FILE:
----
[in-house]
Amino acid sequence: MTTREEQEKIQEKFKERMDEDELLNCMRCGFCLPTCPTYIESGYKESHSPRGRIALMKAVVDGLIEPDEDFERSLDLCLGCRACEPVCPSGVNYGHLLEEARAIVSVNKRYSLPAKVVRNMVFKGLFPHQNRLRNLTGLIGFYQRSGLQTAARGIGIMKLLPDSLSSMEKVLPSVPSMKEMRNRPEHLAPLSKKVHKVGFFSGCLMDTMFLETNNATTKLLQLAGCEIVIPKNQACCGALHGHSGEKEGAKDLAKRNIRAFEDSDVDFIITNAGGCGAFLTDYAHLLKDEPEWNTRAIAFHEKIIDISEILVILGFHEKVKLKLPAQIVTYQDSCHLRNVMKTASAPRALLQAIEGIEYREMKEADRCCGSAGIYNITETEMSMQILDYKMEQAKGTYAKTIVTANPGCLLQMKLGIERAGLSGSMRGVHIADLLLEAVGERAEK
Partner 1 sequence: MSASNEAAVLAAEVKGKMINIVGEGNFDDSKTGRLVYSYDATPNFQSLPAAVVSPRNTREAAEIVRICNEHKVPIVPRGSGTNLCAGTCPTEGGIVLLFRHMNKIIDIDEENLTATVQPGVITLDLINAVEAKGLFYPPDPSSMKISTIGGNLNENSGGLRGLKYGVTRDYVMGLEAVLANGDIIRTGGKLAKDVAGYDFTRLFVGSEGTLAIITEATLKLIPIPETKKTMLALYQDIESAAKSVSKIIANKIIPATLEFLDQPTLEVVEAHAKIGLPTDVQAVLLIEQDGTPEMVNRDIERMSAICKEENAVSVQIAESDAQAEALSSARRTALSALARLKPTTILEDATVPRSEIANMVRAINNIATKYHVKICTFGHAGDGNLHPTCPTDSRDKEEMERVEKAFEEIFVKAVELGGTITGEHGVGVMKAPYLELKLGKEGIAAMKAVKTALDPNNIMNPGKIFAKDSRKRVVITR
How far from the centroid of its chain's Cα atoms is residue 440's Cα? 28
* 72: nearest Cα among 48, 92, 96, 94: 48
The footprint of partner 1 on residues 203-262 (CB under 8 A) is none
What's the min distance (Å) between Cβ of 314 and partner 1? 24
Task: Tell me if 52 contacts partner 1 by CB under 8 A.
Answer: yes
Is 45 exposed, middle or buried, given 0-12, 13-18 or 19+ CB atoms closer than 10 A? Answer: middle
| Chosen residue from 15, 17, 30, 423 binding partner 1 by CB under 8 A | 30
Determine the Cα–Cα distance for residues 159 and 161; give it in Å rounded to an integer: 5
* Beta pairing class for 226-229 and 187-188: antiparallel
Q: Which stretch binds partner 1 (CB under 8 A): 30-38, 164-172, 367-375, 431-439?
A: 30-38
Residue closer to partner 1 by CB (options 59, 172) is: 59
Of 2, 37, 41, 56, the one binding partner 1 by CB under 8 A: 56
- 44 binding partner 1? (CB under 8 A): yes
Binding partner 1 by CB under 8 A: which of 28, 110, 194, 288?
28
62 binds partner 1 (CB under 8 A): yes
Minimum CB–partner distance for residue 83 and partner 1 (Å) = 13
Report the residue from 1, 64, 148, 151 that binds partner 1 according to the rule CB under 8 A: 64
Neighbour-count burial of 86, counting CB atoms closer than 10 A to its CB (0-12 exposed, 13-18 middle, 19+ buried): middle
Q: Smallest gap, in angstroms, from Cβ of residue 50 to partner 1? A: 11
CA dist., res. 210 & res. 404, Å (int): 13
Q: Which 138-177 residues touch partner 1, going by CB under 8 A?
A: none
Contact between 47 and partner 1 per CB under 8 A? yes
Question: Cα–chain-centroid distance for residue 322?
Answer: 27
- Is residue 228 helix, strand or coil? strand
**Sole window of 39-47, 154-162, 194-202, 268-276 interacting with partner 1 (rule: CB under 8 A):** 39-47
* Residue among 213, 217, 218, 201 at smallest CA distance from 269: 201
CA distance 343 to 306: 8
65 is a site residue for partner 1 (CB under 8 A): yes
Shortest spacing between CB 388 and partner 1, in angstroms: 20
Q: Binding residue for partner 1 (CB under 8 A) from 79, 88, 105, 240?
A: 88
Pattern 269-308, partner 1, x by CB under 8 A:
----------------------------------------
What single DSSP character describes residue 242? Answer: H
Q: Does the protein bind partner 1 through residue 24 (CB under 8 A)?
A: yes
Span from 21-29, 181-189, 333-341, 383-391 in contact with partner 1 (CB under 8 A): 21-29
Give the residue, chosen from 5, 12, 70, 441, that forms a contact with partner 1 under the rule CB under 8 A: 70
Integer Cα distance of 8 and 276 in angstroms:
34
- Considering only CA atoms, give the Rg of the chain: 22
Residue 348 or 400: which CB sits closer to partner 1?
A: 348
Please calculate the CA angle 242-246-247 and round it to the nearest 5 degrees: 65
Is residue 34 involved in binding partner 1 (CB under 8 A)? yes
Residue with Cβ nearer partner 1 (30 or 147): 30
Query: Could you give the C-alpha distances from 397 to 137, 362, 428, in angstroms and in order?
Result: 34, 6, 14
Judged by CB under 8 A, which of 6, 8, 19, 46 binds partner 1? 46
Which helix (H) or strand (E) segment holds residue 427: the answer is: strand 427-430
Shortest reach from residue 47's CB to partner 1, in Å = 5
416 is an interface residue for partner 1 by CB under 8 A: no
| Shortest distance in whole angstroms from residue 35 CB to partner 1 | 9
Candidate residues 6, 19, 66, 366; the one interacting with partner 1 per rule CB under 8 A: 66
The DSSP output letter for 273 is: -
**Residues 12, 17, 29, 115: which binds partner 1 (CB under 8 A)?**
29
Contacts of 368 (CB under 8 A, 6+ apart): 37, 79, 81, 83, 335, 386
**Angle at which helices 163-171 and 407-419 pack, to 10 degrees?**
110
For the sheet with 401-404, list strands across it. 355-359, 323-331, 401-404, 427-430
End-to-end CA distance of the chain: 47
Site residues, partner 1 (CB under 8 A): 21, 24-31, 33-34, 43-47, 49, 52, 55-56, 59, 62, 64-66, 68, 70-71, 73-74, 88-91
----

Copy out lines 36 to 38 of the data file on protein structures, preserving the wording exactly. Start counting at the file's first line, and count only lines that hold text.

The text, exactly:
65 is a site residue for partner 1 (CB under 8 A): yes
Shortest spacing between CB 388 and partner 1, in angstroms: 20
Q: Binding residue for partner 1 (CB under 8 A) from 79, 88, 105, 240?